home sitesearch sitemap contact fan about
home
  Submit/Update Profile  

Search the Network:




Rodney J. Trahan – Health & Physical Education, 1974; M. Ed., 1975

Rodney J. Trahan

Class ’74, Health, Safety and Physical Education with Teacher Certification in Social Studies

                My first affiliation with SLI as a student was in the fall of 1946. I had just received my honorable discharge from the U.S. Navy after my return from a short tour overseas as one of the first Americans to occupy Japan. It was a lasting, memorable visit for a 17-year-old Cajun from Rayne, Louisiana to be one of the first on the scene to witness the devastation in Nagasaki, the site of the atomic bomb.

                The G.I. Bill allowed me to enroll at SLI. Because of my positive experiences in sports, I knew I wanted to teach and coach. My physical activity instructor was Coach Bill Stevenson. During physical skills drill during his football class, my punting ability obviously impressed him because he asked me to try out for the Bulldog team. I informed him that I was on the Southwestern Boxing Squad and working hard under the coaching of National Heavyweight Champ, Lou Campbell, and the legendary trainer, “Doc” Reinhardt. Bob Browne was the Department Head and taught lecture classes. Always in a suit and tie, all activity classes required a P.E. uniform which was school colors–red and white. Instructors wore school – colored uniforms which were different from those of students. That made it easy to distinguish between the two.

                A few days before the Christmas break and after working hard for about two months in preparation for a scheduled match with LSU, the boxing team was told that the SLI administration had abolished boxing. Final semester exams were given after the Christmas holidays at that time. Being very disappointed and immature, like most 18-year-olds whose high priority is athletics, I walked downtown Lafayette during the Christmas break and joined the U.S. Army Paratroopers and did not return until years later. Because I failed to drop officially, my transcript showed 17 hours of WF’s for that semester. Thus,  I became an ex-member of the Class of ’50.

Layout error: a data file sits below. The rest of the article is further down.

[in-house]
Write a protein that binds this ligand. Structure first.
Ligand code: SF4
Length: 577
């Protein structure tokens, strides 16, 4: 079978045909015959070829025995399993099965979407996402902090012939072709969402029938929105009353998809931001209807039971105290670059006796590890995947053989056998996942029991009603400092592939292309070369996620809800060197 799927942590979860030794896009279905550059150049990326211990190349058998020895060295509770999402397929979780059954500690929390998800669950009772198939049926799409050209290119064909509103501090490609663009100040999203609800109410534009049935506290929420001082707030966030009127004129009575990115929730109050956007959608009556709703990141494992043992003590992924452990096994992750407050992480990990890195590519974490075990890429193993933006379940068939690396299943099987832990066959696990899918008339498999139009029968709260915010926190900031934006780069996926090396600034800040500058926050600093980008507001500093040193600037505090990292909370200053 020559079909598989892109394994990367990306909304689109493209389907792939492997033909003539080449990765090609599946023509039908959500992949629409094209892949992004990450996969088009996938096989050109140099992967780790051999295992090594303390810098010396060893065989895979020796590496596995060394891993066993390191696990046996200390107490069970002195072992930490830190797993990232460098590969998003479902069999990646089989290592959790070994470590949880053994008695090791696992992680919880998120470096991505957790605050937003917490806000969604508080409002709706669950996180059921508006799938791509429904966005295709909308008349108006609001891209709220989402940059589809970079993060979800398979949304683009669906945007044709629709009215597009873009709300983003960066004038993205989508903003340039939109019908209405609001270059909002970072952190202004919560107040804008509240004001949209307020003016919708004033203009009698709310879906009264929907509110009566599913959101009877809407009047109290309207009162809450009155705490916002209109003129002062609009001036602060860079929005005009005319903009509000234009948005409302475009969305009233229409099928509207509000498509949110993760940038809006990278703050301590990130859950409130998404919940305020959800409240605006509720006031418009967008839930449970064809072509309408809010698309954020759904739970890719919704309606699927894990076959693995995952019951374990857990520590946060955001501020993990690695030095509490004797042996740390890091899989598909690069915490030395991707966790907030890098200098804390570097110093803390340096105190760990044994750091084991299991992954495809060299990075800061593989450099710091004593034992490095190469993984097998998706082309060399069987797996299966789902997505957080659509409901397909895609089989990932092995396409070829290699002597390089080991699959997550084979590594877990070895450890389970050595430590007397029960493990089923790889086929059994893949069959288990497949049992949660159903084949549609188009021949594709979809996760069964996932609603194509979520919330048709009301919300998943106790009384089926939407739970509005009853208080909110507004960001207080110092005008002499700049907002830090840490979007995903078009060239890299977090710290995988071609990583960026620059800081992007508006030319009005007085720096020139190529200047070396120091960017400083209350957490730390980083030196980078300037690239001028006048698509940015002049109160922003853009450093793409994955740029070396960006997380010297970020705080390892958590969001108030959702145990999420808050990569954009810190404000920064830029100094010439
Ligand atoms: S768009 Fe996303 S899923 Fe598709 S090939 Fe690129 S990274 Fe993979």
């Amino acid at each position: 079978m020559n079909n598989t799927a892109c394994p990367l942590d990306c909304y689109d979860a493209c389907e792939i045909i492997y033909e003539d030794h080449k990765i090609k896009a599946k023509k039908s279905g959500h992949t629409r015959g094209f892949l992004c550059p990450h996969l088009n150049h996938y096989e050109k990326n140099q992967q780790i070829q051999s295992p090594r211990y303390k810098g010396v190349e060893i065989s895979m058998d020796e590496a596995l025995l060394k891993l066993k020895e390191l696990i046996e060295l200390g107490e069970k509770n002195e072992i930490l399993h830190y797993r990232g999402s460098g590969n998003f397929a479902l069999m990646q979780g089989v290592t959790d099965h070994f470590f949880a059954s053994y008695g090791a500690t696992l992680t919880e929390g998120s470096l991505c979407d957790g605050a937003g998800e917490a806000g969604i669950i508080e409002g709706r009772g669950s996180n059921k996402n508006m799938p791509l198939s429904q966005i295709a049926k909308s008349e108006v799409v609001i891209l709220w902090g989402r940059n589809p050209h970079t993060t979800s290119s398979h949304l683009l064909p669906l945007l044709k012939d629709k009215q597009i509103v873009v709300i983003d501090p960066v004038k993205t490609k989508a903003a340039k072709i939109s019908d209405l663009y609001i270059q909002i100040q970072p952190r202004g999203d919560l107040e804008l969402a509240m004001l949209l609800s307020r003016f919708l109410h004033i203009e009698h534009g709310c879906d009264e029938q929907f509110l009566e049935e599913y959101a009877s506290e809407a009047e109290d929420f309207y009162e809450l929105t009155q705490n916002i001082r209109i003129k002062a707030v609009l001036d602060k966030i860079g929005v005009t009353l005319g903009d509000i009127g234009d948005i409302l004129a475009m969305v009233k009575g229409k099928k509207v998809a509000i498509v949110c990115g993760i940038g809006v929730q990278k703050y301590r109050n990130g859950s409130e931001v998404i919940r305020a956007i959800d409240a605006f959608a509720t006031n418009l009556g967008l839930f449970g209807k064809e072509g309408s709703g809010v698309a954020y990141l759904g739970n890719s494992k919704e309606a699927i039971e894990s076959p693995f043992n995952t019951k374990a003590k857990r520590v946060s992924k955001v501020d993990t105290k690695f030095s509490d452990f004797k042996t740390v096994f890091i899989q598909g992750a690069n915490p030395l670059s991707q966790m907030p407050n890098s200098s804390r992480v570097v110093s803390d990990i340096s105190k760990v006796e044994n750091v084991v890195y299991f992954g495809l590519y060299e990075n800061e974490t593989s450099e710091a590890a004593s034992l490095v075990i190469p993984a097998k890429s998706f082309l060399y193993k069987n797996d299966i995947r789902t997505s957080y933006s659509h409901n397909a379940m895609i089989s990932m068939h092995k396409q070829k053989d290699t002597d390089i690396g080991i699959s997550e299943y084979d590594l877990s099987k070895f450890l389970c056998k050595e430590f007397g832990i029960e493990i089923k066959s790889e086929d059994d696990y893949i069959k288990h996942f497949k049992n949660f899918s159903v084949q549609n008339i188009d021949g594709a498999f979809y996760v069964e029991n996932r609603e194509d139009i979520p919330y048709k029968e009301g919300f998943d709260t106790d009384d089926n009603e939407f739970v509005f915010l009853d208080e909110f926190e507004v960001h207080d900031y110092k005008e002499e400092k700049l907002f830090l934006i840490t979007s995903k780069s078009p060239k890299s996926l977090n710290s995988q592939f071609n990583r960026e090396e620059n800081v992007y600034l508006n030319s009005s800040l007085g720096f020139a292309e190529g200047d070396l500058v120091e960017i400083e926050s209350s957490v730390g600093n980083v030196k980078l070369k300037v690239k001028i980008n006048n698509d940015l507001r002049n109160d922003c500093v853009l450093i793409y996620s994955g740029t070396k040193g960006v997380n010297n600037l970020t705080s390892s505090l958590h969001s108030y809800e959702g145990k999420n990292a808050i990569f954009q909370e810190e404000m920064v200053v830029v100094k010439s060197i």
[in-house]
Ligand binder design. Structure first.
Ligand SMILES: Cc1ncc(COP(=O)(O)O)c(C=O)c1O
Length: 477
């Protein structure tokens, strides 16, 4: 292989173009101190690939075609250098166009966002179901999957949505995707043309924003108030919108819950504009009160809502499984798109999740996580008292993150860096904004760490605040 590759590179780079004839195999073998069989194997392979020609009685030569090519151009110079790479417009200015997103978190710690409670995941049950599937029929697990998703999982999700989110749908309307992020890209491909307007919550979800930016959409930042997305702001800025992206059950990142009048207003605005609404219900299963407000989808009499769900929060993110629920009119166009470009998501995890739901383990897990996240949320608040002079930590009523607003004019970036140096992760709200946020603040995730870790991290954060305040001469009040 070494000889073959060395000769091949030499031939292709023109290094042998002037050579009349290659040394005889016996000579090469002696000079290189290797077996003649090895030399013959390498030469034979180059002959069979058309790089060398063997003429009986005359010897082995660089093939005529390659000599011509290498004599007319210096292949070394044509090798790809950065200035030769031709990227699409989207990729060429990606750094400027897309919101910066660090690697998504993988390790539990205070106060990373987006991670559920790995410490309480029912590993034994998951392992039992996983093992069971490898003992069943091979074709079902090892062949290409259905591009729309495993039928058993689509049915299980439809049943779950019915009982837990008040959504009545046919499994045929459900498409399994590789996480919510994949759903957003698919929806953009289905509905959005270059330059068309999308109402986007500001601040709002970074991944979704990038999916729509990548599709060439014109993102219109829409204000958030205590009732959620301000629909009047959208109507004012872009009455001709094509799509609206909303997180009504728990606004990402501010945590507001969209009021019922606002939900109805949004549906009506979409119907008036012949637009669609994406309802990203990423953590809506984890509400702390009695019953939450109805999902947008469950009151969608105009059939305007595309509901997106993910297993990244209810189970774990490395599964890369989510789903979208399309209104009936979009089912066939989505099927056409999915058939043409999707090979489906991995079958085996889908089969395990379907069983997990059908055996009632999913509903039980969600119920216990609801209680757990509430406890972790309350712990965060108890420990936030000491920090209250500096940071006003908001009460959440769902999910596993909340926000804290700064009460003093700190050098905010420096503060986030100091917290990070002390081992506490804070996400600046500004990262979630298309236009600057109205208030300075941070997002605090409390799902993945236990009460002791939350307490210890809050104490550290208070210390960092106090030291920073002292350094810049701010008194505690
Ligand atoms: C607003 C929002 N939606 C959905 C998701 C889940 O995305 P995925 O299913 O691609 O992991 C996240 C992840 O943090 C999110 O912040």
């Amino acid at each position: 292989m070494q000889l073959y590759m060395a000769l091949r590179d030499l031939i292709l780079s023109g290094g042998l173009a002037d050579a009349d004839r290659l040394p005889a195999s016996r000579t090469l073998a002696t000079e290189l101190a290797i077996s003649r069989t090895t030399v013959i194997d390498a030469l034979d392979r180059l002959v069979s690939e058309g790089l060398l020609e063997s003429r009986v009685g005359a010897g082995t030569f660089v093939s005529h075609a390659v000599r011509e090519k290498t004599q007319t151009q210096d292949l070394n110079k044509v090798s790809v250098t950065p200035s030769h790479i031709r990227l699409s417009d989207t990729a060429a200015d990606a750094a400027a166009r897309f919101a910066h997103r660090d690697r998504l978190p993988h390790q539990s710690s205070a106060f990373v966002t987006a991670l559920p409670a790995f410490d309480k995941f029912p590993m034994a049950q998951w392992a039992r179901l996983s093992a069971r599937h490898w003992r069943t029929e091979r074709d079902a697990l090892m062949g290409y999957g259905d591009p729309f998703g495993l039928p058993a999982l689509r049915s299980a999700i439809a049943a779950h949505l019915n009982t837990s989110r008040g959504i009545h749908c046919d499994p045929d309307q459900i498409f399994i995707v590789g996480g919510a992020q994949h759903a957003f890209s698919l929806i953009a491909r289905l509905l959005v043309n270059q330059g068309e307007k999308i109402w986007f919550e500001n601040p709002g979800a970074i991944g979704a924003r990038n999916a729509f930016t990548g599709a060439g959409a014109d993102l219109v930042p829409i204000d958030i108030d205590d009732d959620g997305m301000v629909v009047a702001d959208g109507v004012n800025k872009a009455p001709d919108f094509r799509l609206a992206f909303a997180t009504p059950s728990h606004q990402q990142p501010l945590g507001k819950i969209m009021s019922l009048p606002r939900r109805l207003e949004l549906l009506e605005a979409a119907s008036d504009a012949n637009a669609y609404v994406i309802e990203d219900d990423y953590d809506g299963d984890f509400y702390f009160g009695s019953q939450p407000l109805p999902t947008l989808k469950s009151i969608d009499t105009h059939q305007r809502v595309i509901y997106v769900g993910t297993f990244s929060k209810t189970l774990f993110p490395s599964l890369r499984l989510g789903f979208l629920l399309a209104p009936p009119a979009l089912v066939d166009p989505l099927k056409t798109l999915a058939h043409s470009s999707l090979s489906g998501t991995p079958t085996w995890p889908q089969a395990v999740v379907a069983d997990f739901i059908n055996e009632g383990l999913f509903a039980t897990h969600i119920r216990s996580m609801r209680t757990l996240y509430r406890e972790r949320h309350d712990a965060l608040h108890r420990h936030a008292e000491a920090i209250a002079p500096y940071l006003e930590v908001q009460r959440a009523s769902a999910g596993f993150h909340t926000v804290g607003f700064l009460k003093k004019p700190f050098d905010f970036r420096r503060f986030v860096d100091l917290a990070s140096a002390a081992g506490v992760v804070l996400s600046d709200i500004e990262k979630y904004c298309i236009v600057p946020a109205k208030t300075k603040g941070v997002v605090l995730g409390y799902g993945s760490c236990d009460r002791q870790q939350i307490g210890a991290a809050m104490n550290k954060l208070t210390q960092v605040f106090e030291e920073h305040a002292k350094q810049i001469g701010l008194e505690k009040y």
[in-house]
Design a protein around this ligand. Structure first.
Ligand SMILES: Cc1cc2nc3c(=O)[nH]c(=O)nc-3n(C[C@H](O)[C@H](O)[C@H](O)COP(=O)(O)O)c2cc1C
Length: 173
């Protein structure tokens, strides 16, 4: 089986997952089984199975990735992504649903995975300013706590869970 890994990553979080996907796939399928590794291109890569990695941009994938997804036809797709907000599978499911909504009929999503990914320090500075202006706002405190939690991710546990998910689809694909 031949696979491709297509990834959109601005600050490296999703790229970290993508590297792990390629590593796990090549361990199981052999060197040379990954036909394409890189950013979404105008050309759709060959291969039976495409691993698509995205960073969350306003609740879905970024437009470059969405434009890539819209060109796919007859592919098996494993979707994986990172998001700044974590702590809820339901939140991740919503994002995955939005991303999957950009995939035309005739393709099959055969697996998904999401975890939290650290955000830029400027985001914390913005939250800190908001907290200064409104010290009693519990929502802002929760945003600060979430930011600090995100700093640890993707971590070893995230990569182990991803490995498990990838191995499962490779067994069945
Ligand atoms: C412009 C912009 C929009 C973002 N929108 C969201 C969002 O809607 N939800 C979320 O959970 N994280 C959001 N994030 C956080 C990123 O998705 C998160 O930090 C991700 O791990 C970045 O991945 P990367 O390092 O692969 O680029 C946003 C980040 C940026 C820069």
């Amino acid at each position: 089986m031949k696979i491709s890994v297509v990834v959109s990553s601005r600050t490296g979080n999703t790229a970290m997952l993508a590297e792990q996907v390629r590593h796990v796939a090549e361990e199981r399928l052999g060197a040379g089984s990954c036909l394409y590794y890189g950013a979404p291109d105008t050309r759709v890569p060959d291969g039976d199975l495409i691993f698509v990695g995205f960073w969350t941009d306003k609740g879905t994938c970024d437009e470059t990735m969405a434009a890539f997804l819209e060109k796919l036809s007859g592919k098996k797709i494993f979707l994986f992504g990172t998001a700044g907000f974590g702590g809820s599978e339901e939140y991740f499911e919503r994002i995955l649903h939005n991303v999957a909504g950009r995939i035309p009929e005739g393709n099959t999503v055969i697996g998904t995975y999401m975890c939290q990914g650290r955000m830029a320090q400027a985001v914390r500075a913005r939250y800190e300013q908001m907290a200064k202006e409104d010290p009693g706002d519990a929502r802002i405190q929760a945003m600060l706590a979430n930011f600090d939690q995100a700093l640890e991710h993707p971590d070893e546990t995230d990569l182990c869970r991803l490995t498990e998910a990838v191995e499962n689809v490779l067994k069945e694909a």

In the fall of 1971, after my military retirement and as the “old man” in all my classes, I returned to USL to rectify the mistake I had made 25 years earlier–dropping out. My first advisor turned out to be a former high school track coach. I had corresponded with him in an attempt to recruit one of his student athletes during my track-coaching tenure at the U.S. Military Academy ten years previously — small world. That advisor, Dr. Ed Dugas, had much to do with my adjustment to study routines and full-time status. To him, I will always be grateful.

In 1975, I completed the year as a graduate assistant and earned a Masters in Education. At the same time, Dr. Dave Fisher retired. With my twelve years of successful cross country and track-and-field coaching experience, Dr. Louis Coussan hired me to replace Dr. Fisher as the Track Specialist of the Department. My eleven years of teaching were gratifying and , in general, were enjoyable. Many hours of pleasure were spent working with young people as a starter at every USL Track Meet (Old McNaspy and the new track) from 1970-1985. Students in my track classes worked as officials at high schools and all USL track meets as a required practicum. Starting a track meet with Oliver Blanchard, Jr. as Clerk of Course was always an efficient and pleasant experience.

When I felt I had been wronged, my real friends and colleagues stood up for what was right. To Dr. Dugas, Sue Simmons, Dr. Marty Bourg, Clyde Wolf, “Doc” Reinhardt, Fred Nelson, Mike Smith, and Dr. Dave Fisher, I will always respect and appreciate you.

As a member of the Acadia Parish School Board for the past eight years, I am still trying to elevate the quality of education in our schools. In addition, I spend time with my wife, Janice Lejeune Trahan (Class of ’70), my married daughter, Dana Dupre’ Sturgis (Class of ’87), son-in-law Bill Sturgis (Class of ’93) all of whom became teachers. A daughter, Claire Trahan is presently a freshman at USL; her brother, Nick, a junior at Rayne High School, plans to attend in two years. Rodney J. Trahan, Jr. and Ava, children of a previous marriage, live in North Carolina.